|8:15 p.m.||How Is Your Fish Today?|
Xiaolu Guo (China/England, 2007)
(Jin tian de yu zen me yang?). Struggling screenwriter Hui Rao shuffles around his apartment in his bathrobe, drives through packed roads encircling the bustling city, and generally plods through life, trusty cigarette in hand. Rao, who admits he cannot recall the last time he left Beijing, ticks off figures illustrating the city's massive growth (two-and-a-half million cars roam the streets, but in six months the number will reach three million) and manages to inhabit only void spaces: empty apartments, vacant cars, an almost unpopulated gym. A self-acknowledged failure as a scribe, Rao's monotone monologue narrates throughout, as he obsessively rewrites a rejected script he cannot seem to forget. He escapes the quotidian banality of his life by delving into the story of his protagonist, Lin Hao, a murderer on the run who travels from a rural southern village to the icy outpost of Mohe, China's most northern point. Xiaolu's novelistic film (her first feature-length narrative) ruminates on urban isolationism in a rapidly expanding China. While Rao inhabits a decidedly prosperous circle of artists and intellectual elite in Beijing, the barren hinterland of Mohe seems to him a much more attractive world. Village life, as depicted in schools, a local inn, and a Christian church ceremony, has a feeling of quiet vitality. Weaving documentary footage, shimmering landscape shots, and symmetrically composed frames of urban architecture and railway structures, Xiaolu breaks from the Sixth Generation filmmakers' rough-and-tumble street style of shooting. Here, Beijing is a stifling monolith, but China itself is an endless panorama.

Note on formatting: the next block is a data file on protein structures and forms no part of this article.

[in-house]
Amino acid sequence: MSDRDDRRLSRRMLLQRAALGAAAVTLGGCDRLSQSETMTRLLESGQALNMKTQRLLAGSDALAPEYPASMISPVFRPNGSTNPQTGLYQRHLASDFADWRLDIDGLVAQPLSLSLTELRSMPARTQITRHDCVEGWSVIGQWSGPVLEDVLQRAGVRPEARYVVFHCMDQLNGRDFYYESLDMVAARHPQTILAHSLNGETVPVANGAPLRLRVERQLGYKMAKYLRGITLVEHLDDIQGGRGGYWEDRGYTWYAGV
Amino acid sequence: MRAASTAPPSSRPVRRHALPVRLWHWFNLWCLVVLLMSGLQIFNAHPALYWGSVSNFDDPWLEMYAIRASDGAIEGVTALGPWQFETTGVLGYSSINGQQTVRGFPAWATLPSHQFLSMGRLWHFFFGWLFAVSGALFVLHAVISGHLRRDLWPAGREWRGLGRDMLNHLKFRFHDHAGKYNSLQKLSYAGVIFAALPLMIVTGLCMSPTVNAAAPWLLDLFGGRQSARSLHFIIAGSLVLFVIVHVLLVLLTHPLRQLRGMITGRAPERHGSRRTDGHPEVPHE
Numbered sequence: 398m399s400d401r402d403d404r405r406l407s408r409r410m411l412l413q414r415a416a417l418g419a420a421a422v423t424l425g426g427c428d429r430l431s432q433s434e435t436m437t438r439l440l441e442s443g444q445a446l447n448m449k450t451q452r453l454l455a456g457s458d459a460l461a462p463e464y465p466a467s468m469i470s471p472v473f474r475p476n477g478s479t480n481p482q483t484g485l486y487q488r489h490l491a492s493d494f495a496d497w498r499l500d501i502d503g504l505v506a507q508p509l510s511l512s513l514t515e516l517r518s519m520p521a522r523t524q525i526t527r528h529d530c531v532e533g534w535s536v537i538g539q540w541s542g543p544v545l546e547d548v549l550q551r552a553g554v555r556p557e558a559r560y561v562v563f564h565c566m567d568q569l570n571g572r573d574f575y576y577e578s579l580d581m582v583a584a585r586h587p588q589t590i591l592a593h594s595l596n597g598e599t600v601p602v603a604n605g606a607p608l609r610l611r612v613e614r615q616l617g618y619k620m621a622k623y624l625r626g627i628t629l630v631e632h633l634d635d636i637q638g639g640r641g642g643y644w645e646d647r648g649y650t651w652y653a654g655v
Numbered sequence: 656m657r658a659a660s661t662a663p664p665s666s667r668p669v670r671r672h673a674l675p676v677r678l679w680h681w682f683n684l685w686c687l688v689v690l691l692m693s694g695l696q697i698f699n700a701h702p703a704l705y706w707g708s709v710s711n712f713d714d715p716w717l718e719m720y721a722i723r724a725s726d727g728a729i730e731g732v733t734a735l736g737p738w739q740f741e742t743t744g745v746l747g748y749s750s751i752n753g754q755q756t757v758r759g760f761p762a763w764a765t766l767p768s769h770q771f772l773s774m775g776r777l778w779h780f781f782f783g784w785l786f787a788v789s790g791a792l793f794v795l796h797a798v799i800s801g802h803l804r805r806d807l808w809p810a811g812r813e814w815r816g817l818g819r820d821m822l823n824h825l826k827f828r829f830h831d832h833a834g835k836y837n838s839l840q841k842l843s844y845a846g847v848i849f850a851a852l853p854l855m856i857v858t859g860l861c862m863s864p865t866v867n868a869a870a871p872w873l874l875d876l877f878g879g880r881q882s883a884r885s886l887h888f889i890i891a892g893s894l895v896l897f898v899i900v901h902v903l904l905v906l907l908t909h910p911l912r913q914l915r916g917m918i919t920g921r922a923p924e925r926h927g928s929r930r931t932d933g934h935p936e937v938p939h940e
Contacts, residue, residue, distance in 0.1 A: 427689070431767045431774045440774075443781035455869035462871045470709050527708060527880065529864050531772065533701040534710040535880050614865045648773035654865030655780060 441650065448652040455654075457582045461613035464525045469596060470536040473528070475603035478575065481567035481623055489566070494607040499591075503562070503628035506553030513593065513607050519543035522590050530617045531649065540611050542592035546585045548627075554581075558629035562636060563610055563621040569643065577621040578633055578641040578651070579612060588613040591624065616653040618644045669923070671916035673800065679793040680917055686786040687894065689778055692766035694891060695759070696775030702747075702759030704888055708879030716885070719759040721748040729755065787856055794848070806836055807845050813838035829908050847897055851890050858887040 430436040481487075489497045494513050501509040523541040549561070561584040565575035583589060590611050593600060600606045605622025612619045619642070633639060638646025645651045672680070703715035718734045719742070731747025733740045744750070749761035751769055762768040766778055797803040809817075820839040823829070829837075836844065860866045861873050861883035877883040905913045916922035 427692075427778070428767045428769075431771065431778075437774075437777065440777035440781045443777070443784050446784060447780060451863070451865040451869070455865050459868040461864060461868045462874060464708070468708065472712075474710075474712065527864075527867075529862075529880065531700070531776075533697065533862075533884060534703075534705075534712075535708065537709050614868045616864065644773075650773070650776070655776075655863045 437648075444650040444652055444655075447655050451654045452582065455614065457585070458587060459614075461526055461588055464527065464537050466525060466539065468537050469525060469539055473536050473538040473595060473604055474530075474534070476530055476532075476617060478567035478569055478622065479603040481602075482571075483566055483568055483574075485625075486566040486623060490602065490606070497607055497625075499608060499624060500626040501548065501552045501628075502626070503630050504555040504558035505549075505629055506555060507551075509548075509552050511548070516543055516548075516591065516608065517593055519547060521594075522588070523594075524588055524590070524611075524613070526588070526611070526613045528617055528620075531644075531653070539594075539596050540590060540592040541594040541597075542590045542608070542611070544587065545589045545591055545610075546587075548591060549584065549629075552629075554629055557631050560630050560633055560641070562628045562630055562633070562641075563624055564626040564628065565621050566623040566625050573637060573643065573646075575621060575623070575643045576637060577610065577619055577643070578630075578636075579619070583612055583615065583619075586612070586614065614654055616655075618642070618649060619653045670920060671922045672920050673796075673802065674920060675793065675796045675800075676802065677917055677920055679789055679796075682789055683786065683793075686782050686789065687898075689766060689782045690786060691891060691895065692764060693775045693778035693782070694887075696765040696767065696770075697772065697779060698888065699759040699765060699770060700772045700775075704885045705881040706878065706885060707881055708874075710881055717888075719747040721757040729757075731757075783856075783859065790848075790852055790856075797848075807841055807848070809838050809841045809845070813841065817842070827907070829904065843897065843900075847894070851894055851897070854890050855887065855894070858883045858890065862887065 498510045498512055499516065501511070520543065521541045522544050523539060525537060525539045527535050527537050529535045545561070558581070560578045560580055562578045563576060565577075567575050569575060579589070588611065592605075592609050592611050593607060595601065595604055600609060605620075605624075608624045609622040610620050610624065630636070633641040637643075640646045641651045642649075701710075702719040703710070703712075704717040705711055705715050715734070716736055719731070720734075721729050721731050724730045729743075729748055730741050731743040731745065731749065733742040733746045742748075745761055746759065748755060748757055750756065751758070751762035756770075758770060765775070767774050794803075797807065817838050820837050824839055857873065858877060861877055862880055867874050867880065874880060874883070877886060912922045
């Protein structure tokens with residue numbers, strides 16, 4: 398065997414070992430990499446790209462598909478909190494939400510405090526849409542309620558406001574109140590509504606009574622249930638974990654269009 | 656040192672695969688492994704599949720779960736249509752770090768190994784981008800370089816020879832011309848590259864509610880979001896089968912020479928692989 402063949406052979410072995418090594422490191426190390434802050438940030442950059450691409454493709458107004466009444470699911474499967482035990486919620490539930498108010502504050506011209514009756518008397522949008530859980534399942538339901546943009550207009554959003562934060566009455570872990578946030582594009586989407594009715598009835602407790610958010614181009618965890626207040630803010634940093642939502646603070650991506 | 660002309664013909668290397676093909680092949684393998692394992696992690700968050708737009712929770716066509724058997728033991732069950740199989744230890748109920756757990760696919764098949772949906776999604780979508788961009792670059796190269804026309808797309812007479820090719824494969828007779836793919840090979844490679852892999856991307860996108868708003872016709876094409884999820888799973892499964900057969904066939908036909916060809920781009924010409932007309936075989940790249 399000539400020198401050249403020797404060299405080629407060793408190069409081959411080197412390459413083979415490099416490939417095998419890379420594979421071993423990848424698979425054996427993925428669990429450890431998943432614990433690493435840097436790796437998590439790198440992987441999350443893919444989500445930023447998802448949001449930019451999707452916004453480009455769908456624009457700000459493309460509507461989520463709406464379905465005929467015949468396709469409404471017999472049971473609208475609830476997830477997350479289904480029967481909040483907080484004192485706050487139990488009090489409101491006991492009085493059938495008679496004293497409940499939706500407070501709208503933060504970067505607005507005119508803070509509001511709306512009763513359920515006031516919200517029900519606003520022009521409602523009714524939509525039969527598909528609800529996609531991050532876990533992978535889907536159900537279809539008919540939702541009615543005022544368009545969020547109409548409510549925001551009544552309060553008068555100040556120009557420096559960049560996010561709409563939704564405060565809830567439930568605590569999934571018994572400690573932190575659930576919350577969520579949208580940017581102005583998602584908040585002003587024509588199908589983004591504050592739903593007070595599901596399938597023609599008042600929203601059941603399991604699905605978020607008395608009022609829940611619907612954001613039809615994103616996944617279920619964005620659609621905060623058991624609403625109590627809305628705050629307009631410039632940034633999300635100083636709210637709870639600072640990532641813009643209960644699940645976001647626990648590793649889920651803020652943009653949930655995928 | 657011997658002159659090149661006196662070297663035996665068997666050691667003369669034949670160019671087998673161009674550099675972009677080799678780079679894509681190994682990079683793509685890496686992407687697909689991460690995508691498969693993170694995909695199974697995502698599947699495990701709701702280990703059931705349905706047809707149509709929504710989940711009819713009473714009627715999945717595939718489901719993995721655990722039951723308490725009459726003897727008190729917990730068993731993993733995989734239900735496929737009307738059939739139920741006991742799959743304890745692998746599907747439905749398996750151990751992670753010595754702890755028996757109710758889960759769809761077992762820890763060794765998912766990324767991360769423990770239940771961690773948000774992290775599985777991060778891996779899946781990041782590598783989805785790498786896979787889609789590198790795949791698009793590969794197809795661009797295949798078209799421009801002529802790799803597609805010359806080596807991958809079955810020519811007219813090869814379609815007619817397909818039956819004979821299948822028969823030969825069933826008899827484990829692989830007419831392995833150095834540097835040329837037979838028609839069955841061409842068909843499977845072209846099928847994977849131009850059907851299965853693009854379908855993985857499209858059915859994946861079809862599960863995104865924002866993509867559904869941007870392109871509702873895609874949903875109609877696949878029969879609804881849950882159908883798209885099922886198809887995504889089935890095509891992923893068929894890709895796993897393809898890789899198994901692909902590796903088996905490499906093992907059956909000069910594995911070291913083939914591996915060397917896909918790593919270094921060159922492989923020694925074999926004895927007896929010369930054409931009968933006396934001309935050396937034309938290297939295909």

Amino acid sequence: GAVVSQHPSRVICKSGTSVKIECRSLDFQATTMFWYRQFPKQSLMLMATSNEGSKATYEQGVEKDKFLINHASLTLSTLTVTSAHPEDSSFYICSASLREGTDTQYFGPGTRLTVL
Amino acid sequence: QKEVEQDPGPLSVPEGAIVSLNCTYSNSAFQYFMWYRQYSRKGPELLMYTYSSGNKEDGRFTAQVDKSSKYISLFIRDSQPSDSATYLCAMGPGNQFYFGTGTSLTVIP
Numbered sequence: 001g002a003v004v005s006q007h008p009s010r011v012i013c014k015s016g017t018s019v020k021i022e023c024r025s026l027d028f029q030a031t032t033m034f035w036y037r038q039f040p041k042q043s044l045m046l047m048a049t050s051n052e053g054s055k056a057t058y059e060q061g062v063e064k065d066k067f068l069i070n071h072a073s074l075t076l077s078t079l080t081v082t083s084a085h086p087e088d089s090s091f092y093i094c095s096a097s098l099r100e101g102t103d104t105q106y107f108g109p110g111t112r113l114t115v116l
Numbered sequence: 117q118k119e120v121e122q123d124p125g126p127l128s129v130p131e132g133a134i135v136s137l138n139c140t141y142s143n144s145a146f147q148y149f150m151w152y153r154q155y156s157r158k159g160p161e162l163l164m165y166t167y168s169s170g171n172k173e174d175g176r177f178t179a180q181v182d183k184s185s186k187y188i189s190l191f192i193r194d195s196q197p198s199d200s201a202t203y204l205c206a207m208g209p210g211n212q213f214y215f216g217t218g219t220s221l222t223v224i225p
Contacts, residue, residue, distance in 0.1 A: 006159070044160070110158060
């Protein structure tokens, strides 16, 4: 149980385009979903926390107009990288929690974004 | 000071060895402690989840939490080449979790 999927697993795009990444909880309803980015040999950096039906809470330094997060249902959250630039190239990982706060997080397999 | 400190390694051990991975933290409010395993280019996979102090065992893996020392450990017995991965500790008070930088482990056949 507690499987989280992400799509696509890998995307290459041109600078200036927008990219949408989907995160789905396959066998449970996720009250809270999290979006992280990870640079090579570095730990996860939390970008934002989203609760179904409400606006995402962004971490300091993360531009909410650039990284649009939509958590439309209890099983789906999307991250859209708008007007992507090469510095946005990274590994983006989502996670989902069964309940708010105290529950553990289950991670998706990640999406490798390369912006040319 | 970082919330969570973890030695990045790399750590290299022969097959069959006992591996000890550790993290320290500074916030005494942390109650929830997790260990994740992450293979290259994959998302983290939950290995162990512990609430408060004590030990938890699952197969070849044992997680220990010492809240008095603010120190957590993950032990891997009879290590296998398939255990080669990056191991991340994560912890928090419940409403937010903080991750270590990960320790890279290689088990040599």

• Written by Hui Rao, Xiaolu. Photographed by Sheng Lu. With Hui, Zijang Yang, Xiaolu, Ning Hao. (83 mins)